Just like retirement benefits, the disability benefits are also seen as giving maximized benefits after they have matured. Although the Social Security Administrations requires a person to have sufficient work credits (40 work hours) to be eligible to claim the disability benefits, it is very difficult but not impossible to claim the disability benefits at a younger age.

For people under the age of 50, it may be harder to get disability benefits than an older person. However, some exceptions may apply to the rule if the situation is dire enough for the claimant as determined by the Social Security Administration, SSA.

Blue Book medical impairments and eligibility

One of the essential conditions of winning a disability claim is being able to prove that your disability is listed in the SSA’s Blue Book of medical impairments. The Blue Book’s listings are a group of medical impairments that the SSA will approve automatically for disability as long as the requirements of the listing are fully met.

If you meet the requirements of a listing (for instance, you have childhood cancer or lost limbs), it doesn't matter what age you are -- you can get disability benefits. However, winning a claim based on the listing can be difficult because of the detailed requirements needed to meet the listings.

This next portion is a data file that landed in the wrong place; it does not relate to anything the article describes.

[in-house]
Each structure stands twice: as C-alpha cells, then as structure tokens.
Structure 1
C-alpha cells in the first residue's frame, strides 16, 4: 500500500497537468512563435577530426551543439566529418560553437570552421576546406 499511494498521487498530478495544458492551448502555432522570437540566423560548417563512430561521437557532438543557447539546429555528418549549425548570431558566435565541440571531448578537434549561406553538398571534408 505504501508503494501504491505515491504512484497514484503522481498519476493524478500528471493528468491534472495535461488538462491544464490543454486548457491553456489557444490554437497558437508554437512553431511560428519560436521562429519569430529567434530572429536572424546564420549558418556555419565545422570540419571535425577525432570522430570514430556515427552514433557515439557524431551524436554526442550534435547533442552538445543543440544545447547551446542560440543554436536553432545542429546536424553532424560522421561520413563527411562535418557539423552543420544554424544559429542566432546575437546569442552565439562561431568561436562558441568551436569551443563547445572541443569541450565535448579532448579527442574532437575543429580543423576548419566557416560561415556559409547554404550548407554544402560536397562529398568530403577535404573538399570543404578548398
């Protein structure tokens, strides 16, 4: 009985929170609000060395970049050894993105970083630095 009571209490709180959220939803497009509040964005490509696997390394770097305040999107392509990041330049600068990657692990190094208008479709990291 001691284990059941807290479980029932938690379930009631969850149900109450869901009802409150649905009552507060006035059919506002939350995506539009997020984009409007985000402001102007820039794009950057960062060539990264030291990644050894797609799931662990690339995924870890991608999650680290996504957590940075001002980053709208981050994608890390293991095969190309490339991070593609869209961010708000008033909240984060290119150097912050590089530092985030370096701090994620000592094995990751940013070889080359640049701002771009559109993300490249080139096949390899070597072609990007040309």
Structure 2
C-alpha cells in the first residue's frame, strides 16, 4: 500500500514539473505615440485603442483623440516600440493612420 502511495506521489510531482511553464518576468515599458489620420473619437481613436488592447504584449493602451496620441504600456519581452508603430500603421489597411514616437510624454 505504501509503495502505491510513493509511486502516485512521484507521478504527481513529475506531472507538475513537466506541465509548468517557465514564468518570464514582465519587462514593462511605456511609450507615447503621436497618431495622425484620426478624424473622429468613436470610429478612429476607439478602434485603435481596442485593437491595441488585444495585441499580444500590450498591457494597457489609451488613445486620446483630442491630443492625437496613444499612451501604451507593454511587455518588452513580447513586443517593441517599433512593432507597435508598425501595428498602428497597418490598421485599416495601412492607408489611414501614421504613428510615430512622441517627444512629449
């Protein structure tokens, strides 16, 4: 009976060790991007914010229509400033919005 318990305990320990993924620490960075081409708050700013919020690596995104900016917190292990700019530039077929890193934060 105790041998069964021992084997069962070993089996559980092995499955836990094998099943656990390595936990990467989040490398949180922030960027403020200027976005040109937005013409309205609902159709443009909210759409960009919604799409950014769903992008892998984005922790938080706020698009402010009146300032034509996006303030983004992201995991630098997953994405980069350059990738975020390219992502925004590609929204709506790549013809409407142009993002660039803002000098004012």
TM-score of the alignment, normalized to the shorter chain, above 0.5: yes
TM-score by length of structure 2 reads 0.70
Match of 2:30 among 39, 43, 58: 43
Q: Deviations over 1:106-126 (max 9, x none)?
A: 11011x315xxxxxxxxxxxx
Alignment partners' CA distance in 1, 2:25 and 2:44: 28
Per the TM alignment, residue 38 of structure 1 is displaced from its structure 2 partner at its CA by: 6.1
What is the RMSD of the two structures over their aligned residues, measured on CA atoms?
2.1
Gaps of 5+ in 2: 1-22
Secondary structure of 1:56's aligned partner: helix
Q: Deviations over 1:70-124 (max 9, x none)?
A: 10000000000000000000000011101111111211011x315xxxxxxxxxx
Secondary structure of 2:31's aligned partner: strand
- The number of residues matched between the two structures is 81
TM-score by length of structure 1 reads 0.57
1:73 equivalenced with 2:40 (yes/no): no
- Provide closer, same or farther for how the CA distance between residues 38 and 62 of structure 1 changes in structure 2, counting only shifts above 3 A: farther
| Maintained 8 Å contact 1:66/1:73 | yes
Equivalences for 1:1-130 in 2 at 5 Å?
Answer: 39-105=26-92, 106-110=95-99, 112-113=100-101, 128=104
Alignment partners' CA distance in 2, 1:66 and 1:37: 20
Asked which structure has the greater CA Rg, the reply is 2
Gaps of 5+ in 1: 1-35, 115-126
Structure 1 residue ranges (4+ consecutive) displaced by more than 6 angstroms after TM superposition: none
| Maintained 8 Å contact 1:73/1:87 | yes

Falling under the SSA ‘grids’

Grids are SSA’s criteria of determining if a person can be labeled as disabled due to physical impairments other than medical conditions. The SSA determines this by looking at the person’s age, education, prior work experience and skills sets through an RFC form. If these physical impairments or conditions limit a person’s ability to perform work then they may be considered eligible under disability claims regardless of their age.

However, even if a person is granted the status of completely fit through their RFC, they can still be considered under the level of education. If you are younger than 50 and have limited or no education or if you or your loved one is unable to speak or communicate in English then they may be granted the disability benefits depending on their situation.